Hamann’s philosophy of language is of the upmost importance today and for anyone who studies the history of philosophy.  Hamann’s linguistic and literary nationalism marks him as an early father of romanticism, the Sturm und Drang movement, and of German nationalism in particular.  His assertions that the vitality and destiny of a people, and nation, being bound up with its language is something that many people today have come to (re)assert.  Hamann’s perspectivism, image and symbol-based metaphysic of language, was a major influence on Friedrich Nietzsche and Carl Jung, and Jung’s reemergence in the popular sphere thanks to Jordan Peterson means that Hamann needs to be studied to fully understand Jung.  And the newfound interest in myth, symbolism, and imagery were all dealt with Hamann in the eighteenth century in detail.  While it is true that the Analytic tradition of philosophy, naturally, skipped over Hamann while the Continental tradition preserved him, even where he has been preserved he has been relegated (like other German notables like Herder and Fichte) to second tier figure status behind disciples totally indebted to him: Kant, Hegel, and Nietzsche.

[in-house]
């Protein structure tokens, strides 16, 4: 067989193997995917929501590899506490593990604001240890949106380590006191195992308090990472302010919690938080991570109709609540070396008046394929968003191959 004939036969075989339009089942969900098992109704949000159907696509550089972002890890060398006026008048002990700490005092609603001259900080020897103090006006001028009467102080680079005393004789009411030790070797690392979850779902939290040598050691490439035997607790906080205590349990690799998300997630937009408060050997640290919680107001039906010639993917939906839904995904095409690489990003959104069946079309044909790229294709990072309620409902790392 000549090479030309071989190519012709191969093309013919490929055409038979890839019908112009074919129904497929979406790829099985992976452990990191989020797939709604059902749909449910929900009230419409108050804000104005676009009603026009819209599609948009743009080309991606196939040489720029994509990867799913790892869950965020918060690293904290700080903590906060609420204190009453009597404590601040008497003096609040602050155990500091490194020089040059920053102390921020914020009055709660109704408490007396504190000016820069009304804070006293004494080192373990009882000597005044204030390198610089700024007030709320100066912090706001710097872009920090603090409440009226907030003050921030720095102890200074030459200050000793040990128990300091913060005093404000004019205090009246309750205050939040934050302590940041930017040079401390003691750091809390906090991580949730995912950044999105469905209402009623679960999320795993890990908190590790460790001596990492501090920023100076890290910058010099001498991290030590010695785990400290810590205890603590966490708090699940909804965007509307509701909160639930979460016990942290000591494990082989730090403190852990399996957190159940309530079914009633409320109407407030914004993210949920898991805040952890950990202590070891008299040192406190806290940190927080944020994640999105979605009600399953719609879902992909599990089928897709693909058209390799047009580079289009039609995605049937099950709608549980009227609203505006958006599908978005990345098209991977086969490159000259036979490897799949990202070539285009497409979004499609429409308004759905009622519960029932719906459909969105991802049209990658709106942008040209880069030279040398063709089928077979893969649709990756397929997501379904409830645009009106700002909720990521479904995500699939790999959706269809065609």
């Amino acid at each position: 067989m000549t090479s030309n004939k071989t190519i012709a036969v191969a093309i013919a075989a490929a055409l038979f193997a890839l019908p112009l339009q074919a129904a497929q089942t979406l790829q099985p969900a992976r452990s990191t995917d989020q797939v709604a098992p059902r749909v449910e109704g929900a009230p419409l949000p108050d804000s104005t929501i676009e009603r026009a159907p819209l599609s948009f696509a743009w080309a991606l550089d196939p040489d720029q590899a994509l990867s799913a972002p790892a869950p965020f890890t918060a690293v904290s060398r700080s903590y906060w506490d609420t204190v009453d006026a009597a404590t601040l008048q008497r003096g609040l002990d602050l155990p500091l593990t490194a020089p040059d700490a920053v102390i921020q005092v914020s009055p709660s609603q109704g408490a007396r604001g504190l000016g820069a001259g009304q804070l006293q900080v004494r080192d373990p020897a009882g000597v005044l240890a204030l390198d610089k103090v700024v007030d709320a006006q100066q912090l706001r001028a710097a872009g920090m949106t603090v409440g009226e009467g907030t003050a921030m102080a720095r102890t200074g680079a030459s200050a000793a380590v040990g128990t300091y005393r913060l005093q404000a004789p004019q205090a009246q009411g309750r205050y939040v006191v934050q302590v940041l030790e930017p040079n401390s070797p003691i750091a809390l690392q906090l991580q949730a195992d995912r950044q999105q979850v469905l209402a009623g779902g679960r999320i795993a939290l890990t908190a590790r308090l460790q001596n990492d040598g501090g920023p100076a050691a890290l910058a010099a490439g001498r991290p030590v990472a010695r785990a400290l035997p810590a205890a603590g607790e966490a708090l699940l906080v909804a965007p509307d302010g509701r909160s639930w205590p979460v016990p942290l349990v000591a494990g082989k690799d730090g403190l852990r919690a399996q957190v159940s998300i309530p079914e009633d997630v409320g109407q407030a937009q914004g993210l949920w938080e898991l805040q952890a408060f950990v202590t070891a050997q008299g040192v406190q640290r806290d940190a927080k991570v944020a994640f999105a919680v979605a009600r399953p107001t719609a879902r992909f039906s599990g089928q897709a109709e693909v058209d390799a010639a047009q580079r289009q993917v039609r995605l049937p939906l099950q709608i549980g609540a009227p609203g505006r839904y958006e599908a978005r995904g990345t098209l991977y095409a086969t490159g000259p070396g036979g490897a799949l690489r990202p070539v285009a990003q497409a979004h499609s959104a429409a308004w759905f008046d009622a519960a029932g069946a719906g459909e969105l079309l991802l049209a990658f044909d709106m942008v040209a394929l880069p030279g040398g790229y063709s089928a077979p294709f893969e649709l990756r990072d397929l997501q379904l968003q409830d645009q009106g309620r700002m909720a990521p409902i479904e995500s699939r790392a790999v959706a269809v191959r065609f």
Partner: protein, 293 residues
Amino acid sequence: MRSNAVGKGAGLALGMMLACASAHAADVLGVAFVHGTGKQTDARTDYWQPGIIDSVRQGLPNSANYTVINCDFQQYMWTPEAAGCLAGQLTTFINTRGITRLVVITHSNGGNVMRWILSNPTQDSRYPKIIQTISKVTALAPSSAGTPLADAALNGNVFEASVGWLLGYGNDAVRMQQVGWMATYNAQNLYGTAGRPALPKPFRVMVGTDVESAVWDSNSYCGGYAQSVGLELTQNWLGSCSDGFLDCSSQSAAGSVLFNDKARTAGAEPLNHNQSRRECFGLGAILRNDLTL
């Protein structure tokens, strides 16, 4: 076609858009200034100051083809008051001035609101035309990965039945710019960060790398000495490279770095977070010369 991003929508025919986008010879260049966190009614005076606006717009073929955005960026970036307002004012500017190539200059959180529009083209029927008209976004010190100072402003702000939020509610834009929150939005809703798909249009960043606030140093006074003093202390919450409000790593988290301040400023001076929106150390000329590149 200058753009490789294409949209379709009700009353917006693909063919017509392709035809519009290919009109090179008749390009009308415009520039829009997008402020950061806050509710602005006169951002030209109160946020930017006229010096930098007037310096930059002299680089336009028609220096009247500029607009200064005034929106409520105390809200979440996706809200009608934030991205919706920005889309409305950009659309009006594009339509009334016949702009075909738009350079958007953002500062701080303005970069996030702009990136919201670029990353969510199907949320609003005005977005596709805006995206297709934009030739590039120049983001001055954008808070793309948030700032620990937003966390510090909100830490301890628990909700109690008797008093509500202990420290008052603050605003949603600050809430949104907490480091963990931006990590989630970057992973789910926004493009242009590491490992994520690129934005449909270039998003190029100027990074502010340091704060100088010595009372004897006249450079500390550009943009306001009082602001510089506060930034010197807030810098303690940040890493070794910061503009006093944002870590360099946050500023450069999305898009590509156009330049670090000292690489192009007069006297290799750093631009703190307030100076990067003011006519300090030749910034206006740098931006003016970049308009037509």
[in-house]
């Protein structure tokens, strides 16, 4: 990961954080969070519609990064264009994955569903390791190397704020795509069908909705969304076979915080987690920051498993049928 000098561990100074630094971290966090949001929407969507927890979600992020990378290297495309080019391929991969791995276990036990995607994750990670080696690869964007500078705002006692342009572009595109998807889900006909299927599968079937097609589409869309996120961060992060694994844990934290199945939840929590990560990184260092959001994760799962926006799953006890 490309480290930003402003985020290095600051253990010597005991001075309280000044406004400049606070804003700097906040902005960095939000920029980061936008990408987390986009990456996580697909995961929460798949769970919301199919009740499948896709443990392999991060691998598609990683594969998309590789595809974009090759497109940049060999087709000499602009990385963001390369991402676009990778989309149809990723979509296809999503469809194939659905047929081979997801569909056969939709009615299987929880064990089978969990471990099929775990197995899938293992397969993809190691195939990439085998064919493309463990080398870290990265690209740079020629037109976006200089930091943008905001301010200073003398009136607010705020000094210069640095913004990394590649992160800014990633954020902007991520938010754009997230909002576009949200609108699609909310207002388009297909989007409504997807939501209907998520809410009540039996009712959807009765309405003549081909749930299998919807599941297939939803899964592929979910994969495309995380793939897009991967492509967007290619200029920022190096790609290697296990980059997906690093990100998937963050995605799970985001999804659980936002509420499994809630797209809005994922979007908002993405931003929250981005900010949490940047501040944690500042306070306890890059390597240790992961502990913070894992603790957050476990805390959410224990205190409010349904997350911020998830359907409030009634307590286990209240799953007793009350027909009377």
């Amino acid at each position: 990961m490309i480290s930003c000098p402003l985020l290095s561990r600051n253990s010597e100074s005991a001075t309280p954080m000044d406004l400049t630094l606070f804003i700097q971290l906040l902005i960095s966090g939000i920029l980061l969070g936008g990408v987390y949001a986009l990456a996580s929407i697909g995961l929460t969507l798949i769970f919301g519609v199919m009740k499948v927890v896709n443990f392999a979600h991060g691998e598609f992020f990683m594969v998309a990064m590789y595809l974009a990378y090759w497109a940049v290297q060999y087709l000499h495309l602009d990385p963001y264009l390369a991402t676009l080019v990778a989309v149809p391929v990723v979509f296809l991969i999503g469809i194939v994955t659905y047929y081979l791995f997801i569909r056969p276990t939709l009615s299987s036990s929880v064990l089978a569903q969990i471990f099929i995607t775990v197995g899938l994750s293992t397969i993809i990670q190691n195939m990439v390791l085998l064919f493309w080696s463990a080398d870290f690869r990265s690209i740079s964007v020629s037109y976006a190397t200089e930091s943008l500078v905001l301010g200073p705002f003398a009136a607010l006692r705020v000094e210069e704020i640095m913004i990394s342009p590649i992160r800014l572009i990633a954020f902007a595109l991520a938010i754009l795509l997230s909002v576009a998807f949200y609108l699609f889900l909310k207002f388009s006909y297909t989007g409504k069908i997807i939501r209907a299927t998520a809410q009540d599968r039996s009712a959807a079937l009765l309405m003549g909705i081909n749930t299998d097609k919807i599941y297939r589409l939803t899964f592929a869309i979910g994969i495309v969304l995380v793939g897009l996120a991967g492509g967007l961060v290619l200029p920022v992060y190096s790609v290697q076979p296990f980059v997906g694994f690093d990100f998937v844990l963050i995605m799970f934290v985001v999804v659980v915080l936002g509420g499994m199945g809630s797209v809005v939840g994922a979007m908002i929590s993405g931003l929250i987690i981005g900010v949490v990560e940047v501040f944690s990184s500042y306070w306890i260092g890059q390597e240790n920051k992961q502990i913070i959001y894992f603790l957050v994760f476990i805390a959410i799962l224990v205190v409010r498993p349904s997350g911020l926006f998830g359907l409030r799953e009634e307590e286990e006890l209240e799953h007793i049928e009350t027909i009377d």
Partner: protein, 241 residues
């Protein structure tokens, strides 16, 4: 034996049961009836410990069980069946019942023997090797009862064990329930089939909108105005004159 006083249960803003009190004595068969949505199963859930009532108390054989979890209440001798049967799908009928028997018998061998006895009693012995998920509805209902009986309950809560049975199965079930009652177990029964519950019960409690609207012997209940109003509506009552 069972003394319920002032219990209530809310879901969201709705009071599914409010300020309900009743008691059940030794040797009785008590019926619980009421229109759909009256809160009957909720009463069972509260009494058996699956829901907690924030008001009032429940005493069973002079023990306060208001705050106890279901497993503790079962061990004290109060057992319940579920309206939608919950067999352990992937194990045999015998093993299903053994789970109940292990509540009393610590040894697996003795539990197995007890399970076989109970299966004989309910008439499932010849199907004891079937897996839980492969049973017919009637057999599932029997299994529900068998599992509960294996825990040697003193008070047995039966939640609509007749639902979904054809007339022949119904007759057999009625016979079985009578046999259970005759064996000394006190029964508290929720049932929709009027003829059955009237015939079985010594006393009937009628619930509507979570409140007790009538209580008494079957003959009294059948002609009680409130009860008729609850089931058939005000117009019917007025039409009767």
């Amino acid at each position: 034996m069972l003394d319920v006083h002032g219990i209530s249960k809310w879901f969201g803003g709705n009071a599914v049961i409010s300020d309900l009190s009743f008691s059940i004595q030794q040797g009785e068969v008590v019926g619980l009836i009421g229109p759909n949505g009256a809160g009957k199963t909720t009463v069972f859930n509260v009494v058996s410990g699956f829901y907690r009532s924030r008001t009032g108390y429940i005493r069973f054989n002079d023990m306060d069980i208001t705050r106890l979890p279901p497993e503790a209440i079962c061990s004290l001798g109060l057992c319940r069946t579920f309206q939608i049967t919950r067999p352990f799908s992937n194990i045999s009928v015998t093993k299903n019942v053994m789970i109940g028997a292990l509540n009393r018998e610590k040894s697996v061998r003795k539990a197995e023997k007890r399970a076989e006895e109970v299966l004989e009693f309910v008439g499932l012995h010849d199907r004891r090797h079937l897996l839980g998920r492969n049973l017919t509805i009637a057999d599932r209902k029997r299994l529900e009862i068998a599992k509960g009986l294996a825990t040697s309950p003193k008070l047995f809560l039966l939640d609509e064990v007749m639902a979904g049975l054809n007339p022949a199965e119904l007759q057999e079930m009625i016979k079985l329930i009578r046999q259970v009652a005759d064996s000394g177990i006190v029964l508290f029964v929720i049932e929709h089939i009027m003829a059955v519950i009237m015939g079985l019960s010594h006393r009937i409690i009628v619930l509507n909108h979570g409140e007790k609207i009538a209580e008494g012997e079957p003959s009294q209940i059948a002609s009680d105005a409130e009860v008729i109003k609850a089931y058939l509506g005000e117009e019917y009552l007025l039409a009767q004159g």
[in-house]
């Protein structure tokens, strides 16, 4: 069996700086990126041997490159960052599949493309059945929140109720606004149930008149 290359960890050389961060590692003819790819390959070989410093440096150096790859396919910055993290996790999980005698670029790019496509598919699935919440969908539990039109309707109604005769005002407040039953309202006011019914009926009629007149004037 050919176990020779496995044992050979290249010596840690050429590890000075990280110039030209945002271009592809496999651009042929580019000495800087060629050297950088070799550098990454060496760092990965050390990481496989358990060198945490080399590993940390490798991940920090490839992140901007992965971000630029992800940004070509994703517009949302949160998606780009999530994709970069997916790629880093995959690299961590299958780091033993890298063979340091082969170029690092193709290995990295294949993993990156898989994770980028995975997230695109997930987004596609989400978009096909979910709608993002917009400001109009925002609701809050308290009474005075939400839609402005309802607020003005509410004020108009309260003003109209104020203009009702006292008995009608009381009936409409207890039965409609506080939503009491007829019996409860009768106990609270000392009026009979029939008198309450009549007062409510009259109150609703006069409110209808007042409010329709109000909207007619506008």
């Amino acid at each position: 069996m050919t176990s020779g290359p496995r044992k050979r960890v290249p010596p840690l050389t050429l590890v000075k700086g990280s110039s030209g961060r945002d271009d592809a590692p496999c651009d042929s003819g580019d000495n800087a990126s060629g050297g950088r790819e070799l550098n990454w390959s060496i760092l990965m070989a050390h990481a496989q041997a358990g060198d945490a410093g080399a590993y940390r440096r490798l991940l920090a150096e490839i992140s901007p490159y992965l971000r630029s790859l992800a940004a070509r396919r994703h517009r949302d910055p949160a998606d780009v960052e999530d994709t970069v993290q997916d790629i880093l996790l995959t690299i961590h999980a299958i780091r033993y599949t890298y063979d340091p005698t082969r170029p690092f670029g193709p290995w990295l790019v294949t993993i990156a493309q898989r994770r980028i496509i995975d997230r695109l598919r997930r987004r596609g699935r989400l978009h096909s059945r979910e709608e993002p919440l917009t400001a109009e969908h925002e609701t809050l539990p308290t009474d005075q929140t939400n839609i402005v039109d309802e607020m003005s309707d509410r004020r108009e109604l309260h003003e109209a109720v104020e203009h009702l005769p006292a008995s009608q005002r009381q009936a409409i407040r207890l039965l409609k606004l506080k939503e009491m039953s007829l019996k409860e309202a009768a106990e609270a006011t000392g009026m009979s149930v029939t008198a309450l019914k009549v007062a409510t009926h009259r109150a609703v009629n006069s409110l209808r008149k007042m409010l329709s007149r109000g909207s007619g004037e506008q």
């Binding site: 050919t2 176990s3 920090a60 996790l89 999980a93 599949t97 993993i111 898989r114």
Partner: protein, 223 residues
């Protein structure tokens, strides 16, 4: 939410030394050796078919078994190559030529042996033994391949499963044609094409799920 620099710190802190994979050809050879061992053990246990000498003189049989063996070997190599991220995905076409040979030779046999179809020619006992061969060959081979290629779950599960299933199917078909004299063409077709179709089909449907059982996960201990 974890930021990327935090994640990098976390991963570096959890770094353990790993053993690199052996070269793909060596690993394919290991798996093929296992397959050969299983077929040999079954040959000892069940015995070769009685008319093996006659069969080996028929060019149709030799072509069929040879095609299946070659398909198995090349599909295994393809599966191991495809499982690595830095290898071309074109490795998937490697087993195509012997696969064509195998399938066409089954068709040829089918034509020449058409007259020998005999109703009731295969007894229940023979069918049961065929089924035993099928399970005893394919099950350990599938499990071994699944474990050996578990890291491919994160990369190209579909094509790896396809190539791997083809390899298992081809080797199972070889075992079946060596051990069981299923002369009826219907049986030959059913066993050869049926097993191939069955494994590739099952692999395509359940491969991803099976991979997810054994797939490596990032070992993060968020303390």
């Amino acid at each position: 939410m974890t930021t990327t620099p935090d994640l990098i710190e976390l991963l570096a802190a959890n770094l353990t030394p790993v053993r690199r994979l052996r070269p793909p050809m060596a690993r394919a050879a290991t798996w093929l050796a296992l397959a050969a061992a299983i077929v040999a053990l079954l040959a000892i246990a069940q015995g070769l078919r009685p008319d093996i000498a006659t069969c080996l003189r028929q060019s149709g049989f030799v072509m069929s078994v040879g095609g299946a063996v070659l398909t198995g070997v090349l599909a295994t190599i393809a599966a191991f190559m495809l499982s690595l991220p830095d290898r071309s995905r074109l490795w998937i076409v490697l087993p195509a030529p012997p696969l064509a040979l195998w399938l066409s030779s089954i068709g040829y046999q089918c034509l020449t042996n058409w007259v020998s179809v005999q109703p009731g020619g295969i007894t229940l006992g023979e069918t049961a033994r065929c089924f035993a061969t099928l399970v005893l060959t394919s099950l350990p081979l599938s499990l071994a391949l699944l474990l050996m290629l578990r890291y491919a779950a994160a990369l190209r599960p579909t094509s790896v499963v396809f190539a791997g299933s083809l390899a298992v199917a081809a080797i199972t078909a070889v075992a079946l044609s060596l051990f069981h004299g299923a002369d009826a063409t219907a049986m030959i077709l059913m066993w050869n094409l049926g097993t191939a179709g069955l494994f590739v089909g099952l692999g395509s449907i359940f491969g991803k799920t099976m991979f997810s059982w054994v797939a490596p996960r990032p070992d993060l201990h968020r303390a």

What do we see in Hamann’s philosophy of language? Humans are poetic animals, symbolic and image-oriented creatures. Poetry and language are what makes us human. Moreover, it is poetry that mediates man to the Sublime, to the universals, to God and the Transcendent. Poetry, and the language that accompanies it, visualizes and paints imagery for humans; thus, humans are not “language animals” per se, but visual animals first from which language flows: Like Aristotle and St. Thomas Aquinas, humans learn through images first and not verbalization first – language attempts to describe the image. Lastly, human ties – community – is the product of a shared language because it is language that mediating bond between men that brings two together as one and allows for an ascent to the higher realm of existence which is above language. Language is that mystical force that allows man to penetrate into the Divine. Put it this way: Language is not the end in of itself; language is the gateway, the sacrament, the bridge, to that which transcends it of which language attempts to mediate to man. We are not united by the “image”, we are united by the shared language that transports us as if on celestial wings to that image. Once we sever language from the image, however, we have no Logos to take us to that realm of overflowing abundance. But when language mediates us to the symbol, to the Divine, to that which is higher than itself, we enter the inexhaustible abundance of lebensgeister.